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Trump administration temporarily lifts restriction on foreign ships delivering goods to Puerto Rico

Molly Hennessy-Fiske, Los Angeles Times on

Published in Weather News

SAN JUAN, Puerto Rico -- Puerto Rico Gov. Ricardo Rossello on Thursday thanked the Trump administration for helping the island cope with the devastation of Hurricane Maria after the president, facing criticism that he had not done enough, agreed to waive a federal law restricting foreign ships from transporting cargo to the U.S. territory.

The governor promised a more rapid, coordinated response in coming days.

"The federal government and the president are aware of what's happening here, and they have responded to our petitions quickly with a compromise to help the situation in Puerto Rico," Rossello said at a Thursday briefing in the San Juan convention center.

In addition to federal aid, Rossello said 17 states have sent disaster response teams to assist the recovery.

The convention center was converted into an emergency operations center after the hurricane made landfall Sept. 20. Rossello was flanked Thursday by Federal Emergency Management Agency and military officials who are supporting Puerto Rico's response to the crisis.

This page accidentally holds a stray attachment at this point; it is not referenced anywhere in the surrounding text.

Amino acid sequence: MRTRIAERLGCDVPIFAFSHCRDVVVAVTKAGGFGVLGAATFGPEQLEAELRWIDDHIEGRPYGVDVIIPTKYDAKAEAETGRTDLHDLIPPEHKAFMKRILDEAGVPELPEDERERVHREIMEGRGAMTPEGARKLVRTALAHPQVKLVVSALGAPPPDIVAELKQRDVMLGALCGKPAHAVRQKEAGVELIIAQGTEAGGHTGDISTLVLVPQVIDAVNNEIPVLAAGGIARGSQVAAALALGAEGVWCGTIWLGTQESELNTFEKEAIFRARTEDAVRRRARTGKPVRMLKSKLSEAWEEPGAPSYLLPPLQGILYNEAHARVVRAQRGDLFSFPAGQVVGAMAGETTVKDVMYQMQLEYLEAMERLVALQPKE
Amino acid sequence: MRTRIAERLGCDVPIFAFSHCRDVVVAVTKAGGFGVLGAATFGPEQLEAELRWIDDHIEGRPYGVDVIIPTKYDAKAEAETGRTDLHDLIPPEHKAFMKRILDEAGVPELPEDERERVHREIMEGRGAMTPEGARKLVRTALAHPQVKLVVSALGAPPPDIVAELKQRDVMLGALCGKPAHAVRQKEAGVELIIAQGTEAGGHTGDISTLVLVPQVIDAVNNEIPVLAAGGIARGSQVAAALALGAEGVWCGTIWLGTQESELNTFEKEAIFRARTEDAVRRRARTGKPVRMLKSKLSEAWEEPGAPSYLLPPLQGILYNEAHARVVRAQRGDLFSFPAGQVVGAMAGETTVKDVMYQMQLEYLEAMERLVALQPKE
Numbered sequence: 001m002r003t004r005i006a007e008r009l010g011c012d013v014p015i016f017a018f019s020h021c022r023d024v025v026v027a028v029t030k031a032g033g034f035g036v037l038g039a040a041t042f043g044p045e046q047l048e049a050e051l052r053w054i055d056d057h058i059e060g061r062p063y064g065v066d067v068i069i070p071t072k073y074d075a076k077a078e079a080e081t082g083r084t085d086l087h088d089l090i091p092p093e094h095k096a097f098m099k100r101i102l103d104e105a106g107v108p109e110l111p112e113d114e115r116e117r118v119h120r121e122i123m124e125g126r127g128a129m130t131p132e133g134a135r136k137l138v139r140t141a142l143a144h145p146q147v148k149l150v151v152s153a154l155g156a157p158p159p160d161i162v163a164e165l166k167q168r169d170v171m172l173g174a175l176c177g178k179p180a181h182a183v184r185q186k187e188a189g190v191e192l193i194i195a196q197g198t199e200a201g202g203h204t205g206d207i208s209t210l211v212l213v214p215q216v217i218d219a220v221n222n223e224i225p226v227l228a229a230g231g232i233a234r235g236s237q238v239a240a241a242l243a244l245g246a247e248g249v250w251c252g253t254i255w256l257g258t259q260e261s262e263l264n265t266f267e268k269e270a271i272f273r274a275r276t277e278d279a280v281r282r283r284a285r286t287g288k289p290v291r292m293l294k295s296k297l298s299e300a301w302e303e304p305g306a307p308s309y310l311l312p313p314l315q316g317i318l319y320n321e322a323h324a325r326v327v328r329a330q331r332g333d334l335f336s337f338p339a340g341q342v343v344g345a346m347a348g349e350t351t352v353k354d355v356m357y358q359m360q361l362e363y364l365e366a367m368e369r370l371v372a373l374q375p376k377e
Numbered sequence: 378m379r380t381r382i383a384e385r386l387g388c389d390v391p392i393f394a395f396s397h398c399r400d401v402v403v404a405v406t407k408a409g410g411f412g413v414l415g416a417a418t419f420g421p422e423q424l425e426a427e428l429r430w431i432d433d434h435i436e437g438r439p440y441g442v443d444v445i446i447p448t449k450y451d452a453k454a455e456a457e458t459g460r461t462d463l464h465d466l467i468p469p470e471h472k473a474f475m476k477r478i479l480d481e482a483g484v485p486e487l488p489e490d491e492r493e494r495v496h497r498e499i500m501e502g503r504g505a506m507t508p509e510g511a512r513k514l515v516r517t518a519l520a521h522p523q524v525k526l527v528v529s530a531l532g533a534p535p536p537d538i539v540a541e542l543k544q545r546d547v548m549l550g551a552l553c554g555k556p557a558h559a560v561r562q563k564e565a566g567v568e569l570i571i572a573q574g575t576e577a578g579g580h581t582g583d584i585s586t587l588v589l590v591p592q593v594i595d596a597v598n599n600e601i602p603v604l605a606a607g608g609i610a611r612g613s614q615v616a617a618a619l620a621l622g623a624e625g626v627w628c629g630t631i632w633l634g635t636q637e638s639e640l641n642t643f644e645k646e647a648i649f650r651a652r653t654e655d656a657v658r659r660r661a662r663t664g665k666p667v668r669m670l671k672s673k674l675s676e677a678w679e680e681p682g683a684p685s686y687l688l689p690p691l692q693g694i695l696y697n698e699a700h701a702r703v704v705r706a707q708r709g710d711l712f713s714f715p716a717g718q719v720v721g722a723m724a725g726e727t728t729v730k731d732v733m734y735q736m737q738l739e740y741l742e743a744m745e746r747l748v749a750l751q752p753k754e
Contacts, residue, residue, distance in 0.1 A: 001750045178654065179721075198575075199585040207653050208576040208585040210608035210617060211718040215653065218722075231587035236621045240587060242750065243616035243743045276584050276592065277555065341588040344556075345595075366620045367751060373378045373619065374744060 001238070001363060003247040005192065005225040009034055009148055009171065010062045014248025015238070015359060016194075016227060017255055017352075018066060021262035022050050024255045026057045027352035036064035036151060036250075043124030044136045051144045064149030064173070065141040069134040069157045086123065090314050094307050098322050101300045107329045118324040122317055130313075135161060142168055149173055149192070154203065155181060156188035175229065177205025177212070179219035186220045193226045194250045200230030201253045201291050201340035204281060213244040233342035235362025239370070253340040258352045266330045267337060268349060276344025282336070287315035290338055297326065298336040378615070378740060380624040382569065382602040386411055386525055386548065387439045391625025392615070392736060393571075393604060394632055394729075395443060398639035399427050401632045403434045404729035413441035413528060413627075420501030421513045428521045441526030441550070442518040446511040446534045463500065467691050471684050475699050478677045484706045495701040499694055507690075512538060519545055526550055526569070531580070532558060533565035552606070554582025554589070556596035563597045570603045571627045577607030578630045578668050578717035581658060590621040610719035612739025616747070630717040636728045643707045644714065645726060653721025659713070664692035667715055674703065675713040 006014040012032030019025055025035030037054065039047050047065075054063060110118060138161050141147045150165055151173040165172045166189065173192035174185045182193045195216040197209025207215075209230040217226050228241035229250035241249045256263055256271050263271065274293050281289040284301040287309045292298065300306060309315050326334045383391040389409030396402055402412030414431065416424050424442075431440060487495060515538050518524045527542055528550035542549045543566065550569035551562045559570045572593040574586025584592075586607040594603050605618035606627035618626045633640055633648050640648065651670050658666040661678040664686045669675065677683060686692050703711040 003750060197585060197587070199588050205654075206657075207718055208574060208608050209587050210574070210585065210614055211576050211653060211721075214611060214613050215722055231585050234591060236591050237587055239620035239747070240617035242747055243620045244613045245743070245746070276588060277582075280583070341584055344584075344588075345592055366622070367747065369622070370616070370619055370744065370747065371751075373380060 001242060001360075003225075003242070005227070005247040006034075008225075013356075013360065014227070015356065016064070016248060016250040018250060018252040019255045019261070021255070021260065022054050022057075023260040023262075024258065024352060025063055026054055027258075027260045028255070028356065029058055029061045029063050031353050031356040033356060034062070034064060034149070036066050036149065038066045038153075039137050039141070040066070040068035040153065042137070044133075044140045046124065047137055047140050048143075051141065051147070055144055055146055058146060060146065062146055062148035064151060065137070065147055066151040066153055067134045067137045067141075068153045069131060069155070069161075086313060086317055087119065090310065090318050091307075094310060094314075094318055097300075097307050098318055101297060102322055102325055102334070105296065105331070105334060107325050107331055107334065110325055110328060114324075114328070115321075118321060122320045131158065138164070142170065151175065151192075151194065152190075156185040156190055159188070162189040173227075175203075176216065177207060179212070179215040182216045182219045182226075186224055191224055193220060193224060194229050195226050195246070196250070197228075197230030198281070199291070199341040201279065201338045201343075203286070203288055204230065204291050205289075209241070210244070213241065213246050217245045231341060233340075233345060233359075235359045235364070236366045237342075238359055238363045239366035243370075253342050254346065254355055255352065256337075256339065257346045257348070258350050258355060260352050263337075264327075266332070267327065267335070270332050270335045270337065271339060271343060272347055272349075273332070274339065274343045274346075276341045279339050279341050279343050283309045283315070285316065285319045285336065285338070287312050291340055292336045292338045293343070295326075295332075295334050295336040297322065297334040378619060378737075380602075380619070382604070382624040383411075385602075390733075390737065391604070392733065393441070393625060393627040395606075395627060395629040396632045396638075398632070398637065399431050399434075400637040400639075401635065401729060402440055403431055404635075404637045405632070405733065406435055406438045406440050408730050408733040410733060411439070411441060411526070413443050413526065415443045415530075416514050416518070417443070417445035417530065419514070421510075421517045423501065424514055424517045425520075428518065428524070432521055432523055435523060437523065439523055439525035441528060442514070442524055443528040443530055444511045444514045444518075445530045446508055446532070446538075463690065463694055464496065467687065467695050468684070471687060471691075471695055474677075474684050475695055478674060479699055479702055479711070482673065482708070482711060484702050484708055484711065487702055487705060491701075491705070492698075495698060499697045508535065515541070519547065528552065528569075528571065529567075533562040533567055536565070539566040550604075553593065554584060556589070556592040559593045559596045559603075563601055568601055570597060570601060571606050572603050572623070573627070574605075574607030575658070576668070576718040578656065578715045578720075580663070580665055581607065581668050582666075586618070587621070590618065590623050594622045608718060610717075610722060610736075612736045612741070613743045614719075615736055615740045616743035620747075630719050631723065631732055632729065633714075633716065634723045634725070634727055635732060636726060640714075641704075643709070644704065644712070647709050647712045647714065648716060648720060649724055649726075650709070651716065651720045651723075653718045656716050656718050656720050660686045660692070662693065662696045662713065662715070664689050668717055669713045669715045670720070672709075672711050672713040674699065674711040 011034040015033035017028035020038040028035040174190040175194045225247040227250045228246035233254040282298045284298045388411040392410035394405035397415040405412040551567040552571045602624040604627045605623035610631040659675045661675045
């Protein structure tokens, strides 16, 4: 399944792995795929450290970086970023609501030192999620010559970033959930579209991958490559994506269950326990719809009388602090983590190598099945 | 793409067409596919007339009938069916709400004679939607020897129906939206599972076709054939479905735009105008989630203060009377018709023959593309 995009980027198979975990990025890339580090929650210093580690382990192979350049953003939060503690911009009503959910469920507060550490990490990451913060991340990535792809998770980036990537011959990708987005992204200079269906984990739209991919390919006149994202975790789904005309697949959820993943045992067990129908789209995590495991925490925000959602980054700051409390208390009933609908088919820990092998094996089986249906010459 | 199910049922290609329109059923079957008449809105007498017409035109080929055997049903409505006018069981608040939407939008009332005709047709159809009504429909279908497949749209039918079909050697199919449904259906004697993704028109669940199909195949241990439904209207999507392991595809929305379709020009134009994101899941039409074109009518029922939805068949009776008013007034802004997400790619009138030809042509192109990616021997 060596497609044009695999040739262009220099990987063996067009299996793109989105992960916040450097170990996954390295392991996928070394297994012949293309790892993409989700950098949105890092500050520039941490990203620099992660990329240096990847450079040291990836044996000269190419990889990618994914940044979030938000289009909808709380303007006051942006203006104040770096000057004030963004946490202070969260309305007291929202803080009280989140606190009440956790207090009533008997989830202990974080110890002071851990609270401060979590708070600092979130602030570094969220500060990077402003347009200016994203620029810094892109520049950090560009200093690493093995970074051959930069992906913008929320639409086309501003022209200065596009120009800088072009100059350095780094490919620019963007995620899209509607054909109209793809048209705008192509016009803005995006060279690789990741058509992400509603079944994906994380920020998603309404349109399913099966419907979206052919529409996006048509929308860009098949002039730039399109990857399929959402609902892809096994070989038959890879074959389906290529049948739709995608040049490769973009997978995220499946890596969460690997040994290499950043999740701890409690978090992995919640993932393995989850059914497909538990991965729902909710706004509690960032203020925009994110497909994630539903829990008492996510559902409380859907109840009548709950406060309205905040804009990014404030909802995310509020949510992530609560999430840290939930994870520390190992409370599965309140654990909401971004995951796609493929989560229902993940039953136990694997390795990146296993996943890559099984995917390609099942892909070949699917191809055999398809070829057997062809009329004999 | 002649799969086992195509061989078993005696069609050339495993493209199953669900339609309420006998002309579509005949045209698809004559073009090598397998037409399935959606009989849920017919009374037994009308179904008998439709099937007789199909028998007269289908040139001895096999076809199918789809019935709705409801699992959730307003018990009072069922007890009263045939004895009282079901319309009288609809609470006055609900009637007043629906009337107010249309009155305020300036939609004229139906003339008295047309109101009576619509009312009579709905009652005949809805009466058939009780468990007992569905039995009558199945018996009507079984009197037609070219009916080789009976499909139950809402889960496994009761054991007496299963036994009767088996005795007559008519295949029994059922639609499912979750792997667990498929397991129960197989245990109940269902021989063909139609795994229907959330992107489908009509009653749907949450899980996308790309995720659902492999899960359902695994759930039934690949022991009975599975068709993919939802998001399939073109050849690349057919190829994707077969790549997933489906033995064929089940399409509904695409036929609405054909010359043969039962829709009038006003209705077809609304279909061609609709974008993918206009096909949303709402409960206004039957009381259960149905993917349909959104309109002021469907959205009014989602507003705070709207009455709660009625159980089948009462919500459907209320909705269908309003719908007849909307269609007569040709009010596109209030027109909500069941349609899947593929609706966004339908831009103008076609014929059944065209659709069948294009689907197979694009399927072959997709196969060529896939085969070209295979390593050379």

The federal government waived the Jones Act restrictions after recent hurricanes in Texas and Florida to aid relief efforts, but not immediately for Puerto Rico, where the island's 3.4 million residents are still facing shortages of water, food, medicine and other basic supplies more than a week after the storm.

Several federal legislators this week requested that the Trump administration waive the law temporarily.

Rossello said he expects the law -- which restricts foreign-flagged ships from delivering goods to U.S. ports -- will be suspended for at least a week, as it was in those two states. The Trump administration said the waiver was effective immediately.

How much the waiver of the Jones Act will help Puerto Rico remains to be seen as other problems persist such as blocked roads and a lack of capability to move supplies already available on the island.

Containers have languished at ports here even as residents complained of shortages of gas, food, water and other staples. Much of the island remains without electricity or cellphone service. Conditions worsened this week, as hospitals across the island closed due to broken generators and lack of fuel.

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